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Permission to Be (write) Bad

Permission to Be Bad

By Randy Ingermanson

Writing a first draft is hard. You have to create a group of interesting characters in an interesting storyworld, force them into conflict in scene after scene, and never let the story go flat.

For some writers, writing a first draft is also fun. They write with abandon, pushing out the words, getting the story down on paper. But the problem is that when these writers finish the novel and actually look at what they wrote, they usually find that the first draft is bad. For other writers, writing a first draft is torture. They labor over every single sentence. They sweat the small stuff and the smaller stuff. And then when the story’s finally written, and they actually look at what they wrote, they usually find that the first draft is bad.

There’s a pattern here.

The First Draft is Usually Bad

I suppose a few lucky writers don’t write bad first drafts. But most writers do. And that’s OK. For most writers, a bad first draft is the necessary step to writing a fairly good second draft. Which is the necessary step to writing a pretty good third draft. And eventually, after enough drafts, the story turns into a very good final draft.

What If Your First Draft is Good?

That’s great, if your first draft is good! Super, actually. Amazing. You are not like most writers. If you are lucky enough to write awesome first drafts, be happy. But don’t tell anyone, because most writers don’t, and some of them will get downright snippy if you tell them your first drafts are amazing.

Some of them will sneer at you and say that if you really can’t improve on your first draft, you can’t be much of a writer. Pay no attention to those naysayers. But do get your manuscript edited, because even good manuscripts have issues. But the fact remains that most writers write awful first drafts most of the time. I certainly do.

Is It Bad to Be Bad On the First Draft?

No, it’s not bad. It’s uncomfortable. It’s discouraging. It can be downright debilitating. But it’s normal.

If you just remember it’s normal, that may keep you from beating yourself up. You have permission to write a bad first draft. You have permission to be awful. You have permission to write the worst drivel ever. Because you can fix it in the next draft. Or the one after that. Or the one after that.

But you’ll never fix it unless you first write it. So get it written, as the old slogan goes, and then get it right. And you have permission to take as many drafts as you need to get it right.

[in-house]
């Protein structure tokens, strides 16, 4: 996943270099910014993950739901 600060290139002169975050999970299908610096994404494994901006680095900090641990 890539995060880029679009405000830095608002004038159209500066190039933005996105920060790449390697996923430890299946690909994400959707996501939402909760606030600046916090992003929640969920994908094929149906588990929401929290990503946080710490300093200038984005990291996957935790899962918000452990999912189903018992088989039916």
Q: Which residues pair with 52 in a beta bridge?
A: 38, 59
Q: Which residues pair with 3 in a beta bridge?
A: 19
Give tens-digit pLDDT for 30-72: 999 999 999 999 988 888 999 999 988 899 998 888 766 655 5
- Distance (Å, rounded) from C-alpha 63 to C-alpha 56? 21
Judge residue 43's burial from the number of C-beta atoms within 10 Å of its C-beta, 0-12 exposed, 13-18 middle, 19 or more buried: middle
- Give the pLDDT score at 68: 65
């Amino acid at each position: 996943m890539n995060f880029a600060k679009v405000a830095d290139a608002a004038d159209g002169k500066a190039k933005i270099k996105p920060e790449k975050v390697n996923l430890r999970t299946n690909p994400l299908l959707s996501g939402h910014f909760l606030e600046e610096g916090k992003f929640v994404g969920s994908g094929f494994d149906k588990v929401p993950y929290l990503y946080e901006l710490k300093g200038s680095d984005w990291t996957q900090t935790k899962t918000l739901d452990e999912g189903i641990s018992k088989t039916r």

Homework—A few questions to think about

  1. Are you working on the first draft of a novel right now?
  2. Is it coming along more slowly than you’d like?
  3. Are you worrying too much about making it perfect?
  4. Would it hurt to leave some work for the second draft?
  5. Would it speed things up to give yourself permission to be bad? (Just for this draft?)

It may be that none of these questions apply to you. If not, then keep doing what you’re doing. But I’m betting these questions apply to a lot of writers.


This article is reprinted by permission of the author.

Award-winning novelist Randy Ingermanson, “the Snowflake Guy,” publishes the free monthly Advanced Fiction Writing E-zine. If you want to learn the craft and marketing of fiction, AND make your writing more valuable to editors, AND have FUN doing it, visit

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Congratulations to FW’s Quarterly Challenge Winners!

Congratulations to these three, who had the highest ratings in their levels this past quarter!

BEGINNTERS/INTERMEDIATE My Marine by Jenny Miller (Absence Makes the Heart Grow Fonder Challenge) … p?id=57636

ADVANCED Milestones and Millstones by Stephen Kimball (Shop Challenge) … p?id=57387

MASTERS Power from Beyond by Tracy Nunes (Shop Challenge) … p?id=57391

Great job, Jenny, Stephen, and Tracy!

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Writing Challenge Change

Important Change in the Writing Challenge

Effective with April 4th Entries

“I could write a fantasy piece with a lion and a witch and no mention of God, and yet be firmly Christian,” C.S. Lewis

About a year ago, we made a change to the Challenge submission rules after some had expressed concerns about the direction of the entries. The concern was that the entries were gradually drifting further away from FaithWriters’ mission to improve Christian writers and put out good Christian writing. We agreed and made the change that has been in effect for the last year. This made some happy, and some not so happy.

Recently, we have talked to several members who approached us with knowledge of the change. We discovered that it was not necessarily the submission guidelines that they viewed as an issue. Their concern was that the guideline that entries come from a Christian worldview was not always being upheld, especially for winning entries. All agreed, from both sides of this matter, that they want to put forth writing that honors God.